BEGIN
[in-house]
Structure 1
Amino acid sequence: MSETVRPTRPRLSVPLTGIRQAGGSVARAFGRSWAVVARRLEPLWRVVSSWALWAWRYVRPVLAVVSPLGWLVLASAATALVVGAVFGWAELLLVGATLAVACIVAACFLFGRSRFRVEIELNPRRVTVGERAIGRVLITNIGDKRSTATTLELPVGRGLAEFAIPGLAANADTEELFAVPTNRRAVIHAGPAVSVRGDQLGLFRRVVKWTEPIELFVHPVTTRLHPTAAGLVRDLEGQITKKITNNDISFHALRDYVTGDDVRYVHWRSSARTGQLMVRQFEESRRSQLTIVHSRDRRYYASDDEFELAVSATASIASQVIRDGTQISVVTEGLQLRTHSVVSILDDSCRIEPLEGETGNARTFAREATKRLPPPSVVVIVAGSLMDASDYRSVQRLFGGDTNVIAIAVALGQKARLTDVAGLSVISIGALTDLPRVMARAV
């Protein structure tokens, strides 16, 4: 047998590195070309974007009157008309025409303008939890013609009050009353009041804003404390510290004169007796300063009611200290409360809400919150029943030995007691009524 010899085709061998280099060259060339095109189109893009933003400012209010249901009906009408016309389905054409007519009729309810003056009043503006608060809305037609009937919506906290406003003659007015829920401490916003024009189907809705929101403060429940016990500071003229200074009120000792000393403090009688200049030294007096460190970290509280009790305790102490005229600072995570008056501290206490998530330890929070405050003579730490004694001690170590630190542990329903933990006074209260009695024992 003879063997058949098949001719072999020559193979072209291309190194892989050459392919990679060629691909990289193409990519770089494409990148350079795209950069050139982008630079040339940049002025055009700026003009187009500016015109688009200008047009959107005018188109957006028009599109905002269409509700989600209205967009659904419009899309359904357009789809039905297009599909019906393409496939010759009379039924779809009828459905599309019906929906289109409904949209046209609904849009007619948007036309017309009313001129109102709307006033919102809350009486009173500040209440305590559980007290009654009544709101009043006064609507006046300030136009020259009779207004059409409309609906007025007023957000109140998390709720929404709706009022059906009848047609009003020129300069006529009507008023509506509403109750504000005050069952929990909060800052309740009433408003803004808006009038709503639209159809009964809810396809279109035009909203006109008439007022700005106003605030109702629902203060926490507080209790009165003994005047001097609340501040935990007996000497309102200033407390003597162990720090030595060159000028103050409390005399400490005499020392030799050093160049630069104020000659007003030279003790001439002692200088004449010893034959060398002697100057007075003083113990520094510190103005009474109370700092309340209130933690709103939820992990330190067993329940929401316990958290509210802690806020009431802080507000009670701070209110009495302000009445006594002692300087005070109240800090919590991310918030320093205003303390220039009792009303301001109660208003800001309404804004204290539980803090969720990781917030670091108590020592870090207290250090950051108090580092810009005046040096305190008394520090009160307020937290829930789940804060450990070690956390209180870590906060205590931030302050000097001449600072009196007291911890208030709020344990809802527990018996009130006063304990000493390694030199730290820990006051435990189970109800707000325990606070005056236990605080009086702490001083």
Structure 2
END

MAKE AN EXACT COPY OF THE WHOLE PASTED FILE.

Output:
[in-house]
Structure 1
Amino acid sequence: MSETVRPTRPRLSVPLTGIRQAGGSVARAFGRSWAVVARRLEPLWRVVSSWALWAWRYVRPVLAVVSPLGWLVLASAATALVVGAVFGWAELLLVGATLAVACIVAACFLFGRSRFRVEIELNPRRVTVGERAIGRVLITNIGDKRSTATTLELPVGRGLAEFAIPGLAANADTEELFAVPTNRRAVIHAGPAVSVRGDQLGLFRRVVKWTEPIELFVHPVTTRLHPTAAGLVRDLEGQITKKITNNDISFHALRDYVTGDDVRYVHWRSSARTGQLMVRQFEESRRSQLTIVHSRDRRYYASDDEFELAVSATASIASQVIRDGTQISVVTEGLQLRTHSVVSILDDSCRIEPLEGETGNARTFAREATKRLPPPSVVVIVAGSLMDASDYRSVQRLFGGDTNVIAIAVALGQKARLTDVAGLSVISIGALTDLPRVMARAV
């Protein structure tokens, strides 16, 4: 047998590195070309974007009157008309025409303008939890013609009050009353009041804003404390510290004169007796300063009611200290409360809400919150029943030995007691009524 010899085709061998280099060259060339095109189109893009933003400012209010249901009906009408016309389905054409007519009729309810003056009043503006608060809305037609009937919506906290406003003659007015829920401490916003024009189907809705929101403060429940016990500071003229200074009120000792000393403090009688200049030294007096460190970290509280009790305790102490005229600072995570008056501290206490998530330890929070405050003579730490004694001690170590630190542990329903933990006074209260009695024992 003879063997058949098949001719072999020559193979072209291309190194892989050459392919990679060629691909990289193409990519770089494409990148350079795209950069050139982008630079040339940049002025055009700026003009187009500016015109688009200008047009959107005018188109957006028009599109905002269409509700989600209205967009659904419009899309359904357009789809039905297009599909019906393409496939010759009379039924779809009828459905599309019906929906289109409904949209046209609904849009007619948007036309017309009313001129109102709307006033919102809350009486009173500040209440305590559980007290009654009544709101009043006064609507006046300030136009020259009779207004059409409309609906007025007023957000109140998390709720929404709706009022059906009848047609009003020129300069006529009507008023509506509403109750504000005050069952929990909060800052309740009433408003803004808006009038709503639209159809009964809810396809279109035009909203006109008439007022700005106003605030109702629902203060926490507080209790009165003994005047001097609340501040935990007996000497309102200033407390003597162990720090030595060159000028103050409390005399400490005499020392030799050093160049630069104020000659007003030279003790001439002692200088004449010893034959060398002697100057007075003083113990520094510190103005009474109370700092309340209130933690709103939820992990330190067993329940929401316990958290509210802690806020009431802080507000009670701070209110009495302000009445006594002692300087005070109240800090919590991310918030320093205003303390220039009792009303301001109660208003800001309404804004204290539980803090969720990781917030670091108590020592870090207290250090950051108090580092810009005046040096305190008394520090009160307020937290829930789940804060450990070690956390209180870590906060205590931030302050000097001449600072009196007291911890208030709020344990809802527990018996009130006063304990000493390694030199730290820990006051435990189970109800707000325990606070005056236990605080009086702490001083």
Structure 2